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Edgar A Whitley and Nadja Kanellopoulou (2010)

Privacy and Informed Consent in Online Interactions: Evidence from Expert Focus Groups

ICIS 2010 Proceedings, Paper 126.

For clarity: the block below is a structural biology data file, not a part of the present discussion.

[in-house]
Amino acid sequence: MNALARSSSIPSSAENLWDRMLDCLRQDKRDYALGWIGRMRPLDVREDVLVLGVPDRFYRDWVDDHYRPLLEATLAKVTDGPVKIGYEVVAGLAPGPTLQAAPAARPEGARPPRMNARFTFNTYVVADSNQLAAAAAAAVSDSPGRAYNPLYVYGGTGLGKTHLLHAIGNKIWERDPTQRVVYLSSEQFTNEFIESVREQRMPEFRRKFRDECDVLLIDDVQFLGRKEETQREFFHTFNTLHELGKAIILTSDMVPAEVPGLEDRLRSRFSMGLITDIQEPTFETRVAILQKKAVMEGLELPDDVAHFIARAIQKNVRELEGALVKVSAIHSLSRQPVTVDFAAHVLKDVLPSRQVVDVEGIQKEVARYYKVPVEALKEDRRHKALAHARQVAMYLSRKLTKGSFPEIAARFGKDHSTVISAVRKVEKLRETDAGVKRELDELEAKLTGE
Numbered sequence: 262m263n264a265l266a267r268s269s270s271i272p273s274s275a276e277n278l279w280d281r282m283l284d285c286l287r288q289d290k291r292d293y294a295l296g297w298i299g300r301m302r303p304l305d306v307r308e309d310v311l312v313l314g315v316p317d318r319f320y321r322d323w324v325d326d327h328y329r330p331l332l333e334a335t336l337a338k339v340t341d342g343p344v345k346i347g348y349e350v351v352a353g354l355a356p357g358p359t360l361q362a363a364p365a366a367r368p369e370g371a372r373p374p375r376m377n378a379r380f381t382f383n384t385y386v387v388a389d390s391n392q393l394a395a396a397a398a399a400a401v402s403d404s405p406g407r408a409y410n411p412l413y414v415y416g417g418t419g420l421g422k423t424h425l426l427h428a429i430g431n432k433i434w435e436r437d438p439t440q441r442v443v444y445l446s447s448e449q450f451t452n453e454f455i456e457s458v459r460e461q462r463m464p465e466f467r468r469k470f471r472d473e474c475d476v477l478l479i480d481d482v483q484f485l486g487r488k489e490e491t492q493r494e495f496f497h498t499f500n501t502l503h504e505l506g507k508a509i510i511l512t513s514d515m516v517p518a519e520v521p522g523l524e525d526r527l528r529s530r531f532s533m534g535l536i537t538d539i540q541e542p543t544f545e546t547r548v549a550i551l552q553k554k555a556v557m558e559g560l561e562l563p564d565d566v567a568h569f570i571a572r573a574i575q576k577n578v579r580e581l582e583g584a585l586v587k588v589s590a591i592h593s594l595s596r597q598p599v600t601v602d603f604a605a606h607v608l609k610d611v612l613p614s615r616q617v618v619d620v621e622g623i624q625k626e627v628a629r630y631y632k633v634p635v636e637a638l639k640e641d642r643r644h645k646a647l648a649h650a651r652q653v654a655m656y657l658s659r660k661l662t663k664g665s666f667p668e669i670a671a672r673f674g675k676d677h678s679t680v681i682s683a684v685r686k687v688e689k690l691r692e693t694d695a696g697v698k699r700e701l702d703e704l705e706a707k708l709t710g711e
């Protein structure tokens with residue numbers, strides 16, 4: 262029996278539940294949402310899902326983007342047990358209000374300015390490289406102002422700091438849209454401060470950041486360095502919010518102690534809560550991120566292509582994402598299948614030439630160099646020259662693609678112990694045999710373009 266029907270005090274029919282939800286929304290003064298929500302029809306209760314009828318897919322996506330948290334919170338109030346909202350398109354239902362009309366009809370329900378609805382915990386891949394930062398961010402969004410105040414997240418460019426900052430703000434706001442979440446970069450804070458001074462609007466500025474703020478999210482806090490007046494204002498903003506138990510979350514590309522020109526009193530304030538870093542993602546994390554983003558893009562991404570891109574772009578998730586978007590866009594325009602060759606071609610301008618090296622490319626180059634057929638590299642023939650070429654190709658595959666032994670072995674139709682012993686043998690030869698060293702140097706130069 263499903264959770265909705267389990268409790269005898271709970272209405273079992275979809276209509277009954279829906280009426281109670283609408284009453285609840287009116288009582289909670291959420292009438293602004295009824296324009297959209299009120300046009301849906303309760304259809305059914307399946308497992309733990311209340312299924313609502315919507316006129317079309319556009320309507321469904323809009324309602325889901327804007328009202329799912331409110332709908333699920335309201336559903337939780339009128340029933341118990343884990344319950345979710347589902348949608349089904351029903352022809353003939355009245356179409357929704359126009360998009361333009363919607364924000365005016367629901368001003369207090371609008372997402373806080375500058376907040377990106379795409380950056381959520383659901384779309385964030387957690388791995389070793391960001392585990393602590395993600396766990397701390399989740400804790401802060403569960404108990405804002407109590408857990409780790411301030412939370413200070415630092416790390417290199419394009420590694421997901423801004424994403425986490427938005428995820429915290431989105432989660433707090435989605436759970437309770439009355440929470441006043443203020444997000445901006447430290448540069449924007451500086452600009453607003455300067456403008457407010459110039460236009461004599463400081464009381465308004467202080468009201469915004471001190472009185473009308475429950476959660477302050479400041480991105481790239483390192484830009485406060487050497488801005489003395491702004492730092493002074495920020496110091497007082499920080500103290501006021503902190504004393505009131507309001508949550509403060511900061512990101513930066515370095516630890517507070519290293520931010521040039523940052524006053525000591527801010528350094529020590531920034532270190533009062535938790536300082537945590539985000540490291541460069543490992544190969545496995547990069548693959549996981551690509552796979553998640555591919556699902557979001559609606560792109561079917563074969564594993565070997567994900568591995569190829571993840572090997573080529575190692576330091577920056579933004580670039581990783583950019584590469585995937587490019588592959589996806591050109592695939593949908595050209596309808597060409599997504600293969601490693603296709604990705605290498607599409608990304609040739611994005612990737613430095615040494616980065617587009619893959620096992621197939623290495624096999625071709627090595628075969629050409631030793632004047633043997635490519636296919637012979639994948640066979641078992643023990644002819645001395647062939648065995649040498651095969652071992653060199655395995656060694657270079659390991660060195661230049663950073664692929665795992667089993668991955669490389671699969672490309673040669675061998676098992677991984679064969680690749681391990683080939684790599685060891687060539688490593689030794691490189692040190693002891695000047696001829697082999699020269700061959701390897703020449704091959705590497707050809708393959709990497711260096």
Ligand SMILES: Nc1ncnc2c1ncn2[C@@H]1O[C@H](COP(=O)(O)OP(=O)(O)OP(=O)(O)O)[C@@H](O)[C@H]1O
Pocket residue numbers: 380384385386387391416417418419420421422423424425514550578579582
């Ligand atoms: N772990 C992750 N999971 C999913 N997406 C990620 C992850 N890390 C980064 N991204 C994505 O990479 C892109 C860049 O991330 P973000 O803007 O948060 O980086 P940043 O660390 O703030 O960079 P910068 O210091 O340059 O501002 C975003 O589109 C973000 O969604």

This paper draws on evidence from a series of expert focus groups to question the function of “informed consent” in online transactions. Informed consent and related concepts have a key role in much privacy research and are an integral part of much data protection legislation. The research methodology used in this paper was focus groups with expert participants and the paper describes this approach in detail. Four expert groups, with participants from civil society organizations, data protection professionals, public sector organizations and small and medium sized enterprises (SMEs) took part in the focus groups which ran for a total of 10 hours. This paper reports on the results from the focus groups in terms of a) privacy policies, b) control over the use of personal data, c) consent as a response to regulatory requirements and d) the nature of informed consent. The evidence from the focus groups questions the extent to which informed consent operates in online interactions. This suggests a number of novel research directions that arise from the analysis. The paper ends by suggesting alternative ways of addressing “informed consent” in online interactions.

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